From the Army News Service
All Soldiers can now wear the U.S. flag insignia on the right shoulder of their utility uniform, as a continued reminder that the Army is engaged in a war at home and abroad. This practice has been around for years to identify deploying troops.
Army Chief of Staff Gen. Peter Schoomaker approved the uniform item 11 FEB 04 and all Soldiers have until 1 OCT 05 to get the insignia sewn on their uniforms. A message on the uniform policy went out to the force 14 February announcing the current policy of deployed Soldiers wearing the U.S. flag on utility uniforms is expanded to include all Soldiers throughout the force regardless of deployment status.
Currently there are not enough flags in the inventory, which is why Soldiers have a substantial amount of time to get the flags sewn on. Deploying troops have the priority. Everyone else will have to wait until the Defense Logistics Agency has more in stock. An estimated 30 million flags need to be procured.
Enlisted Soldiers will not have to purchase the flags. They will be issued five flags from their assigned unit, and commanders will make arrangements for getting the insignia sewn on. However, if Soldiers purchase the flags on their own, they will not be reimbursed. When purchasing the flag, the only ones authorized for wear on the uniform is the reverse field flag in red, white and blue. Subdued flags and those in other colors are in violation of U.S. code.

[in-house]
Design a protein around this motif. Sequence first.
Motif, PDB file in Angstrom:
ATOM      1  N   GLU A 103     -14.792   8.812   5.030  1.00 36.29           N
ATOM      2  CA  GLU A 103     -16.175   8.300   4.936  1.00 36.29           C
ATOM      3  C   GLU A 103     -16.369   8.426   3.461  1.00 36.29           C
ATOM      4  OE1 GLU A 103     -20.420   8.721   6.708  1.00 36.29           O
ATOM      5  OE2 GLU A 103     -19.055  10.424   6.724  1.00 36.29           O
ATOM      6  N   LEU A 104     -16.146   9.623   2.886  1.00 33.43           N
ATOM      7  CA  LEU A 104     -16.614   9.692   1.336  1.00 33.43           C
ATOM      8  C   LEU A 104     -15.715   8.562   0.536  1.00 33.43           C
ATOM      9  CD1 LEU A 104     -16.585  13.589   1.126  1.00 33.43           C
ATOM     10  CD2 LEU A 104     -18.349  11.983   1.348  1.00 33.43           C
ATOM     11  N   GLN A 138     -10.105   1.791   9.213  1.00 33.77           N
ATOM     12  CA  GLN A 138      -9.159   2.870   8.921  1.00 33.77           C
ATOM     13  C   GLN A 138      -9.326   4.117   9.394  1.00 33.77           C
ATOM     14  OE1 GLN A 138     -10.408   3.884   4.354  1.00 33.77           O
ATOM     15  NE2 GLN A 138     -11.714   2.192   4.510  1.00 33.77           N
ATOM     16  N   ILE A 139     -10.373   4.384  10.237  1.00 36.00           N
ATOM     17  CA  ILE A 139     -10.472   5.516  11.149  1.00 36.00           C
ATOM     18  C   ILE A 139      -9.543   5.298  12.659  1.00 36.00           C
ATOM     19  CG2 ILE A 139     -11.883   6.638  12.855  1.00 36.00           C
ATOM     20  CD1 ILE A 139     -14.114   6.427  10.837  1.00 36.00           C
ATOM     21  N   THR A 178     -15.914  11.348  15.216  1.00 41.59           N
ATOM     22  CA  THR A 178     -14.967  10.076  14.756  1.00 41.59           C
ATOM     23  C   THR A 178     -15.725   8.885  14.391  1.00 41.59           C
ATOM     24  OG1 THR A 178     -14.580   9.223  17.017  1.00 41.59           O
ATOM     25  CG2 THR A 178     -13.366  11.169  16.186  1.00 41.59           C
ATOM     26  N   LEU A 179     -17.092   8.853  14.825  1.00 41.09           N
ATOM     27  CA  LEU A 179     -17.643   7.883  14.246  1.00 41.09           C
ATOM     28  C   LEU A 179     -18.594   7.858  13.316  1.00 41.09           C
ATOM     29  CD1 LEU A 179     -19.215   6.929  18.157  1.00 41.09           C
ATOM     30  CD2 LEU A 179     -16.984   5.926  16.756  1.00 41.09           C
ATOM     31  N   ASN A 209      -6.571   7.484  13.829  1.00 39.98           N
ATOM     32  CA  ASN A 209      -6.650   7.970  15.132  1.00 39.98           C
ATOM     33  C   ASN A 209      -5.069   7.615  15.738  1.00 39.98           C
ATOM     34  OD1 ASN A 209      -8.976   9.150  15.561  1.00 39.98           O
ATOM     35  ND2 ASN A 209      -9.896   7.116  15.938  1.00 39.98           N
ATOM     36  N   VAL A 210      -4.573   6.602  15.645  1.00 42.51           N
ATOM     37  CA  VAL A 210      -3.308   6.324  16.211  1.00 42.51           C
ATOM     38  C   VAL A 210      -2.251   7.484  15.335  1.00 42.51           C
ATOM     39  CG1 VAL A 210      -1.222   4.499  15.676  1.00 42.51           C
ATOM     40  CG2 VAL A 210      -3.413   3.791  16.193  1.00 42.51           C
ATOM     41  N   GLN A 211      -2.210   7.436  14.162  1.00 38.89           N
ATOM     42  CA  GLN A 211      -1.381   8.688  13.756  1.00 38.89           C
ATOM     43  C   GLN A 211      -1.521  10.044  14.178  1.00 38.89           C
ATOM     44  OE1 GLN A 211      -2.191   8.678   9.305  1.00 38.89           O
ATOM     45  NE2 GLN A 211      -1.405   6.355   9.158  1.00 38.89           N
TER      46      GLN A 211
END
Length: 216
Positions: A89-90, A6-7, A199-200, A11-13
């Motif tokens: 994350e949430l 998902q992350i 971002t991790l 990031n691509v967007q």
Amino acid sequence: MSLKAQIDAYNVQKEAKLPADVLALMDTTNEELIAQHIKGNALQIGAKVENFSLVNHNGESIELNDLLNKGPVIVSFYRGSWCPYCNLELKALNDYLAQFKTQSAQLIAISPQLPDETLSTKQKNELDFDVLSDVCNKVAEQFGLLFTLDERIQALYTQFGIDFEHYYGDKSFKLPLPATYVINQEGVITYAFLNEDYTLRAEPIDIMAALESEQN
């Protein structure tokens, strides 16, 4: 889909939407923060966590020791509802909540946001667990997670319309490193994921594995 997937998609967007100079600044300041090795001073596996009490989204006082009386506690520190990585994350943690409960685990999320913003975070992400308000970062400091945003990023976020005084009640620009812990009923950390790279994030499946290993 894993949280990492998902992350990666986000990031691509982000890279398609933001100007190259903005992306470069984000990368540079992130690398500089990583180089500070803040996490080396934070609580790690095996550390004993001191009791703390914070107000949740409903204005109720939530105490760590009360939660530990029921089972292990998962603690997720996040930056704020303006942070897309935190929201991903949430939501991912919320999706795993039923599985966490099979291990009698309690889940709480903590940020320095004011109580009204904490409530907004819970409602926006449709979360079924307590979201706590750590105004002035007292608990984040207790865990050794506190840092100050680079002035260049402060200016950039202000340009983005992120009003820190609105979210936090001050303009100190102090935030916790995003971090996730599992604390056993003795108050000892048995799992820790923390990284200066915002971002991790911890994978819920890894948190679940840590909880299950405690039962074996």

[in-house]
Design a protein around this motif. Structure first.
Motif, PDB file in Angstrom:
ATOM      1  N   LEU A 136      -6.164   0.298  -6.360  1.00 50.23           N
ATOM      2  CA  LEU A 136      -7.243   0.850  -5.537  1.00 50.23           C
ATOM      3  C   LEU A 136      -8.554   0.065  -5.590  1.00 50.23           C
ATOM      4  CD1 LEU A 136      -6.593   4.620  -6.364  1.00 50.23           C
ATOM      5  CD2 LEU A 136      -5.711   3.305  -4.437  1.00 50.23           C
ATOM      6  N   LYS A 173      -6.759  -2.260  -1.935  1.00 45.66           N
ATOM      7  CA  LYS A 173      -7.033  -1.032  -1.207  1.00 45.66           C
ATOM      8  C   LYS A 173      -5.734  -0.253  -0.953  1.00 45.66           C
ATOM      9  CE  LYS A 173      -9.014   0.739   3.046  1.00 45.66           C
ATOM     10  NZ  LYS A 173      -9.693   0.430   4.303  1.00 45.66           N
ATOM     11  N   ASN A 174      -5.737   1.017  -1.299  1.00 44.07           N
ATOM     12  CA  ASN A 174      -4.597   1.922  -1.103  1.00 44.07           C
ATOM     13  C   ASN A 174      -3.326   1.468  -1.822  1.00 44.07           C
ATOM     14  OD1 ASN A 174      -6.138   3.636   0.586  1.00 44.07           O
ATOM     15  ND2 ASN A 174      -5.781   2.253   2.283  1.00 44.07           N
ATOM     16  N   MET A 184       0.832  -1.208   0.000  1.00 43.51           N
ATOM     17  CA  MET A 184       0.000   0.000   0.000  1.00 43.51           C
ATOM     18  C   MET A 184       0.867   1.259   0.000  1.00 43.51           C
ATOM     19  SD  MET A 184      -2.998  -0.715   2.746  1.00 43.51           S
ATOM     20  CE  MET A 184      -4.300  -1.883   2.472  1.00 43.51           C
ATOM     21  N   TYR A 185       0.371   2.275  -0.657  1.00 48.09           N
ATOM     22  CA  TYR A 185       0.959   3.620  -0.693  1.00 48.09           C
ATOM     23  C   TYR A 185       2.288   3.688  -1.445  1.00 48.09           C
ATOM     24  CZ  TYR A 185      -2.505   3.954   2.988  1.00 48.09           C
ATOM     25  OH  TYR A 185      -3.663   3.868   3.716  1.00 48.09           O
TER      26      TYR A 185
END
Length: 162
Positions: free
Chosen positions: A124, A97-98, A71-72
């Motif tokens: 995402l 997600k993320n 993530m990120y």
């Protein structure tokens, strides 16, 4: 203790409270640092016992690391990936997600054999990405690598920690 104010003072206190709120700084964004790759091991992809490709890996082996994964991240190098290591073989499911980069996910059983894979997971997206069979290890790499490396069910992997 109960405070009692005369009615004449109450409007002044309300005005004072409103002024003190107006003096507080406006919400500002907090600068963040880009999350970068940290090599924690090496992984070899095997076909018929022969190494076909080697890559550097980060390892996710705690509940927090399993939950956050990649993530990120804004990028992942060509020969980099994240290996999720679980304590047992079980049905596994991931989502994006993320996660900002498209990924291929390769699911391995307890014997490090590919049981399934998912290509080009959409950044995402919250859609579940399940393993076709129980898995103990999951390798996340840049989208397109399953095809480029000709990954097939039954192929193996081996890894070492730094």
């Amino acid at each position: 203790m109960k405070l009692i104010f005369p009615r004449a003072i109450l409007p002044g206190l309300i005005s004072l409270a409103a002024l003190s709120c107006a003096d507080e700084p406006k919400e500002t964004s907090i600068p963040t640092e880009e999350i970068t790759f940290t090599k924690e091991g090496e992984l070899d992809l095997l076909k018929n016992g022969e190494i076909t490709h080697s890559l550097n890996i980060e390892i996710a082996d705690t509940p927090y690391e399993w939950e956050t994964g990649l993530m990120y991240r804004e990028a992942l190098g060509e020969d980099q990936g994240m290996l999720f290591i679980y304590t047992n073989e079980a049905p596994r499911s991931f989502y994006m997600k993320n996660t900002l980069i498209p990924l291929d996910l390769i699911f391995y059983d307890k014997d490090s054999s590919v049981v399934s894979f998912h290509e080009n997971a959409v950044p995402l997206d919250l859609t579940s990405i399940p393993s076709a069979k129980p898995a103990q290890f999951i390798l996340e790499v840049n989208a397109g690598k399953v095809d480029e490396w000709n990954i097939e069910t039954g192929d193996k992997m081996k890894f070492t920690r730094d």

Individuals should comply with Army Regulation 670-1, Wear and Appearance of the Army Uniform and Insignia. The regulation still states that Soldiers are not authorized to wear the full-color cloth U.S. flag replica upon their return to home station. However, the latest change will be added to the regulation when it is revised sometime this year.
Nothing has changed regarding the placement of the flag. It is sewn below the shoulder seam. If a combat patch is also placed on the right shoulder, the flag is sewn 1/8 inch below the combat patch. The flag is worn on the right shoulder to give the effect of the flag flying in the breeze as the wearer moves forward.